Special Issue "Feature Papers-2013"

A special issue of Information (ISSN 2078-2489).

Deadline for manuscript submissions: closed (20 December 2013).

Special Issue Editor

Dr. Mark Burgin
E-Mail Website
Guest Editor
Department of Mathematics, UCLA, Box 951555, Los Angeles, CA 90095-1555, USA
Interests: information theory; communication theory and technology; algorithmic information; information science; theory of knowledge; information processing systems and technology; theory of algorithms, automata and computation; complexity; knowledge management; theory of technology; cognition and epistemology; software engineering; schema theory
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Manuscript Submission Information

Manuscripts should be submitted online at www.mdpi.com by registering and logging in to this website. Once you are registered, click here to go to the submission form. Manuscripts can be submitted until the deadline. All papers will be peer-reviewed. Accepted papers will be published continuously in the journal (as soon as accepted) and will be listed together on the special issue website. Research articles, review articles as well as short communications are invited. For planned papers, a title and short abstract (about 100 words) can be sent to the Editorial Office for announcement on this website.

Submitted manuscripts should not have been published previously, nor be under consideration for publication elsewhere (except conference proceedings papers). All manuscripts are thoroughly refereed through a single-blind peer-review process. A guide for authors and other relevant information for submission of manuscripts is available on the Instructions for Authors page. Information is an international peer-reviewed open access monthly journal published by MDPI.

Please visit the Instructions for Authors page before submitting a manuscript. The Article Processing Charge (APC) for publication in this open access journal is 1000 CHF (Swiss Francs). Submitted papers should be well formatted and use good English. Authors may use MDPI's English editing service prior to publication or during author revisions.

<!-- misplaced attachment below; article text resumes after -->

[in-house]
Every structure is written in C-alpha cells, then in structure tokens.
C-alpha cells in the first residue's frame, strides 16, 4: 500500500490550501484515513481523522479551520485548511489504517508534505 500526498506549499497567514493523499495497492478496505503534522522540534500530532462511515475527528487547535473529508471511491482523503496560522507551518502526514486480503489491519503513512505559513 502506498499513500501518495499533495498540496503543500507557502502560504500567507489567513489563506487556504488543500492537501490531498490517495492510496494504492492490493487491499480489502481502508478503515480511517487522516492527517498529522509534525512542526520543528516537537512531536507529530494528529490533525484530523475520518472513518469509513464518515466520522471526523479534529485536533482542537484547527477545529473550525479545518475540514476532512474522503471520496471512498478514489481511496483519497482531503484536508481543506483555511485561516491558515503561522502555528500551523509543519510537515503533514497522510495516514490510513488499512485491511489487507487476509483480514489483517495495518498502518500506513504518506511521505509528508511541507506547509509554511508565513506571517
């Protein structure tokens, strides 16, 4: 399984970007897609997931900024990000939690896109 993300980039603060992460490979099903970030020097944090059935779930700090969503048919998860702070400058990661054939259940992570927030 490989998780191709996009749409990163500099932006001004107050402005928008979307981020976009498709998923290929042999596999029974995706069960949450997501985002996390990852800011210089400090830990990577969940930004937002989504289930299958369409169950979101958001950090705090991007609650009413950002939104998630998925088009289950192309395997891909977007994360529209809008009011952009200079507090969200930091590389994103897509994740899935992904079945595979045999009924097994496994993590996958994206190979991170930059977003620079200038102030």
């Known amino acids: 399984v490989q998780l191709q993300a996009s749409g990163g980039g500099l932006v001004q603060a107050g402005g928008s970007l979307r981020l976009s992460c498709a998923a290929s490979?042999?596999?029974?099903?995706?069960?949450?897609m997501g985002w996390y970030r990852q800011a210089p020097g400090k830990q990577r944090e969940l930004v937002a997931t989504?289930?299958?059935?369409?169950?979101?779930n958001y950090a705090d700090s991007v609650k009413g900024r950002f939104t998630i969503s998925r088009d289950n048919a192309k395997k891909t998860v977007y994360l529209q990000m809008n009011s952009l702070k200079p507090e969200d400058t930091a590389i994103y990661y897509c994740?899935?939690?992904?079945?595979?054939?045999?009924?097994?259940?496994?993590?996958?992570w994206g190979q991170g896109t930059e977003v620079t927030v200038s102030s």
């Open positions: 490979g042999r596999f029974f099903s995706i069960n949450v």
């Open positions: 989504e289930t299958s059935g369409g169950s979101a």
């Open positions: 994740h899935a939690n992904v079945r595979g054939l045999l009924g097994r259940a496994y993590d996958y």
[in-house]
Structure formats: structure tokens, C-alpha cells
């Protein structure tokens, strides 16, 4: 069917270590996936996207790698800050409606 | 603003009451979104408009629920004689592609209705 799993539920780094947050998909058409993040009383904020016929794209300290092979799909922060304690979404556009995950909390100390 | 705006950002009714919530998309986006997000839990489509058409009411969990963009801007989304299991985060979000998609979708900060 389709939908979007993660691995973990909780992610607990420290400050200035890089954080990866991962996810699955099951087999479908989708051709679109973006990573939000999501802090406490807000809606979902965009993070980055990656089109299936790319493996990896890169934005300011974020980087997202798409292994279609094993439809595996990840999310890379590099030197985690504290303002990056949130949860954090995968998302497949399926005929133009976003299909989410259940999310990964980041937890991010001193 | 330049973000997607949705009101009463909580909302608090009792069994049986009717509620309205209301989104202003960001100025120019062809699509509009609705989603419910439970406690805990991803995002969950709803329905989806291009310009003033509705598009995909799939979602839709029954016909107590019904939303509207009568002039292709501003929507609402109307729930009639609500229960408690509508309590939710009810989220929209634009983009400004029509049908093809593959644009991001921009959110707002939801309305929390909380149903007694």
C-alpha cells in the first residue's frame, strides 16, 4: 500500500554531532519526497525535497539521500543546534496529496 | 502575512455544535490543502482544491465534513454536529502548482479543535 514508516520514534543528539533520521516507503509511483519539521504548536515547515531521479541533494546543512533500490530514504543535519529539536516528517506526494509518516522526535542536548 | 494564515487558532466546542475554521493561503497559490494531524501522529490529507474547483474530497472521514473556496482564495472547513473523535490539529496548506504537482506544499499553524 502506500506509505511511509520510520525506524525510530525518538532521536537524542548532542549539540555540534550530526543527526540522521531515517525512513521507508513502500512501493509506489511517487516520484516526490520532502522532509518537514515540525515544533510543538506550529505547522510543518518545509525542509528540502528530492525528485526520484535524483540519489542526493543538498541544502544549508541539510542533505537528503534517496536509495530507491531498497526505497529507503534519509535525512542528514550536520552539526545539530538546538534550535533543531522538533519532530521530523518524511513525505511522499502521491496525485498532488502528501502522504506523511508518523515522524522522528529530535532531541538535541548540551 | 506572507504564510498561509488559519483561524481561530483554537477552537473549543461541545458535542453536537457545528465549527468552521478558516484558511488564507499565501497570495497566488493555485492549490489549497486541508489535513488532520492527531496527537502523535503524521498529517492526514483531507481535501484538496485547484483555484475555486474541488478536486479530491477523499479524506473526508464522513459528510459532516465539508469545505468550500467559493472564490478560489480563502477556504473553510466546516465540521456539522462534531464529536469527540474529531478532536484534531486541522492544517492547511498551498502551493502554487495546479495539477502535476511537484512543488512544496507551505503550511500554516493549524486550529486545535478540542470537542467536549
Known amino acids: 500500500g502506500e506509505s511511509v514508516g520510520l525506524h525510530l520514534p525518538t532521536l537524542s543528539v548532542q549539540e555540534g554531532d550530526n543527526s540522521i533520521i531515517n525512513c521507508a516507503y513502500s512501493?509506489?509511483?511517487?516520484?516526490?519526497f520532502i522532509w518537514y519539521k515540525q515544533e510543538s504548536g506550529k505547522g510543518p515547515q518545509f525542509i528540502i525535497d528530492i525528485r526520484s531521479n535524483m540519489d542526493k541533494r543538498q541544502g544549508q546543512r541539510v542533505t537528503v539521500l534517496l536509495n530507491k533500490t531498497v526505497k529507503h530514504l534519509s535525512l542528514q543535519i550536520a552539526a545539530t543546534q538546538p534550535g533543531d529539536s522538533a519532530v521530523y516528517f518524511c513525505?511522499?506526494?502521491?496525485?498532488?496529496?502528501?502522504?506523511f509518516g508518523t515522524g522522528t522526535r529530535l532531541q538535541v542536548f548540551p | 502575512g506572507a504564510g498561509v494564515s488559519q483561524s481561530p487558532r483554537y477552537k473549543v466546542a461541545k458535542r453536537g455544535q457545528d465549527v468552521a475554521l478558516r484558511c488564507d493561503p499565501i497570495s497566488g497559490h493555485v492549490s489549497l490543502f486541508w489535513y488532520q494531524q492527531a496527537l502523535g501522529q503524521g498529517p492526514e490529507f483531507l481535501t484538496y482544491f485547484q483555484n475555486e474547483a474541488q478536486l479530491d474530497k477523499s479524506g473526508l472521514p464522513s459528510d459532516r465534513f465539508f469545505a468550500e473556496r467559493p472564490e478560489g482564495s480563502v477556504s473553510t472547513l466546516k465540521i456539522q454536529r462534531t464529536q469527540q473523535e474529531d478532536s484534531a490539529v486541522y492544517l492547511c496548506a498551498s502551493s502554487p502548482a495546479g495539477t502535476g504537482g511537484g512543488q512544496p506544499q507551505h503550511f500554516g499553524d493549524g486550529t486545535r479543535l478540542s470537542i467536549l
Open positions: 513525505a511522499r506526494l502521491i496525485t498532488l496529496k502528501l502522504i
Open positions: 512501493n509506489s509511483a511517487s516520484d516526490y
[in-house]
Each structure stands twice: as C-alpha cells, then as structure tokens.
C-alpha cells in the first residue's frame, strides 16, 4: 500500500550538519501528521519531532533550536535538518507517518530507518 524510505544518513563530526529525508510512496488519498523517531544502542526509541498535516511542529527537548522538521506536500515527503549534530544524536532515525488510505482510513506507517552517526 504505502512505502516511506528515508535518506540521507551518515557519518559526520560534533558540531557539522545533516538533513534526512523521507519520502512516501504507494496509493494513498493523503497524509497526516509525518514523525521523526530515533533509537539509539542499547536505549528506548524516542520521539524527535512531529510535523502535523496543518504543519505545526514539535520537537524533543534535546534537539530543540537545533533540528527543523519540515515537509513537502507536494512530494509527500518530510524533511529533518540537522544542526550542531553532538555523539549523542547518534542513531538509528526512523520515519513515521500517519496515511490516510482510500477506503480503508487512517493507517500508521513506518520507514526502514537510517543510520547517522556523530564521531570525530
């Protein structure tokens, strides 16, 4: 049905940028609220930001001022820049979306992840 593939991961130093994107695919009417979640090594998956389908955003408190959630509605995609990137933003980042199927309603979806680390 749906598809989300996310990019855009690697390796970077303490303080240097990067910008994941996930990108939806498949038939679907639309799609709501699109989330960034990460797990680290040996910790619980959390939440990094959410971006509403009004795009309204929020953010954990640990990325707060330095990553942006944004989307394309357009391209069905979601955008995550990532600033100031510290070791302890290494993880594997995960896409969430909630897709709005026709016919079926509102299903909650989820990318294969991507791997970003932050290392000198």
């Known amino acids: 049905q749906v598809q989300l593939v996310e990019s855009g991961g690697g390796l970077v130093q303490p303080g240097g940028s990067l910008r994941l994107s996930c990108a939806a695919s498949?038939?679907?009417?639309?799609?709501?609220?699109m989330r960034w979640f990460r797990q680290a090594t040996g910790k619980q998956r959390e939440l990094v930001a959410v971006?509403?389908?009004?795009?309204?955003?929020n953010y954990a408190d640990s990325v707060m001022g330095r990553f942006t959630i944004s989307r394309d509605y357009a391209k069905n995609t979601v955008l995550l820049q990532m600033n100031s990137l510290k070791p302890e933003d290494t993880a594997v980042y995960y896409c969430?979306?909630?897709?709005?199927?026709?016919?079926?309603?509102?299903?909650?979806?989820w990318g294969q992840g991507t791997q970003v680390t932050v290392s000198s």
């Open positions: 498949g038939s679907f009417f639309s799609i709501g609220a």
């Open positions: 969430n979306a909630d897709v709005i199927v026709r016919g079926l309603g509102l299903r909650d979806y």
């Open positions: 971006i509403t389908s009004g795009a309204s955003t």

Keywords

  • information theory
  • communication theory and technology
  • algorithmic information
  • information science
  • theory of knowledge
  • information processing systems and technology
  • theory of algorithms, automata and computation
  • complexity
  • knowledge management
  • theory of technology
  • cognition and epistemology
  • software engineering
  • schema theory

Published Papers (1 paper)

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Research

Open AccessFeature PaperArticle
Information: A Personal Synthesis
Information 2014, 5(1), 134-170; https://doi.org/10.3390/info5010134 - 20 Feb 2014
Cited by 7
Abstract
This article is an attempt to capture, in a reasonable space, some of the major developments and currents of thought in information theory and the relations between them. I have particularly tried to include changes in the views of key authors in the [...] Read more.
This article is an attempt to capture, in a reasonable space, some of the major developments and currents of thought in information theory and the relations between them. I have particularly tried to include changes in the views of key authors in the field. The domains addressed range from mathematical-categorial, philosophical and computational approaches to systems, causal-compositional, biological and religious approaches and messaging theory. I have related key concepts in each domain to my non-standard extension of logic to real processes that I call Logic in Reality (LIR). The result is not another attempt at a General Theory of Information such as that of Burgin, or a Unified Theory of Information like that of Hofkirchner. It is not a compendium of papers presented at a conference, more or less unified around a particular theme. It is rather a highly personal, limited synthesis which nonetheless may facilitate comparison of insights, including contradictory ones, from different lines of inquiry. As such, it may be an example of the concept proposed by Marijuan, still little developed, of the recombination of knowledge. Like the best of the work to which it refers, the finality of this synthesis is the possible contribution that an improved understanding of the nature and dynamics of information may make to the ethical development of the information society. Full article
(This article belongs to the Special Issue Feature Papers-2013)
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